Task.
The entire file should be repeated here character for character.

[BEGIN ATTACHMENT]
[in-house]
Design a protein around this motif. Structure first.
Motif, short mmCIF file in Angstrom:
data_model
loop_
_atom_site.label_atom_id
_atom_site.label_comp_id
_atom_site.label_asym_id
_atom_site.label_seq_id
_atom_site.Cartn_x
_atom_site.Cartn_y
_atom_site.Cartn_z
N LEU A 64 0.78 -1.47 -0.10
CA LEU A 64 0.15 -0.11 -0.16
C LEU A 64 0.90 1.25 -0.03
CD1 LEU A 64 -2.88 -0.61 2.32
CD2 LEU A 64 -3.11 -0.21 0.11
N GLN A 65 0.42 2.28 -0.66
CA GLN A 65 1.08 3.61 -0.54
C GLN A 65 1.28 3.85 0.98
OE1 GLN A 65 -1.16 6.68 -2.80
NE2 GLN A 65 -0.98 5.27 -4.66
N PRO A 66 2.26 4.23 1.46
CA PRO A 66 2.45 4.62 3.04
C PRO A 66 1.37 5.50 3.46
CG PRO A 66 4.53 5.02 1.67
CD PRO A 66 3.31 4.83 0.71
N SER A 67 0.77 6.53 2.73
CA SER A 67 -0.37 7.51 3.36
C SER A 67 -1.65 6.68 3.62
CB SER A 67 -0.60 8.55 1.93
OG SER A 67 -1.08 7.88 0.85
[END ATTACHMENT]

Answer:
[in-house]
Design a protein around this motif. Structure first.
Motif, short mmCIF file in Angstrom:
data_model
loop_
_atom_site.label_atom_id
_atom_site.label_comp_id
_atom_site.label_asym_id
_atom_site.label_seq_id
_atom_site.Cartn_x
_atom_site.Cartn_y
_atom_site.Cartn_z
N LEU A 64 0.78 -1.47 -0.10
CA LEU A 64 0.15 -0.11 -0.16
C LEU A 64 0.90 1.25 -0.03
CD1 LEU A 64 -2.88 -0.61 2.32
CD2 LEU A 64 -3.11 -0.21 0.11
N GLN A 65 0.42 2.28 -0.66
CA GLN A 65 1.08 3.61 -0.54
C GLN A 65 1.28 3.85 0.98
OE1 GLN A 65 -1.16 6.68 -2.80
NE2 GLN A 65 -0.98 5.27 -4.66
N PRO A 66 2.26 4.23 1.46
CA PRO A 66 2.45 4.62 3.04
C PRO A 66 1.37 5.50 3.46
CG PRO A 66 4.53 5.02 1.67
CD PRO A 66 3.31 4.83 0.71
N SER A 67 0.77 6.53 2.73
CA SER A 67 -0.37 7.51 3.36
C SER A 67 -1.65 6.68 3.62
CB SER A 67 -0.60 8.55 1.93
OG SER A 67 -1.08 7.88 0.85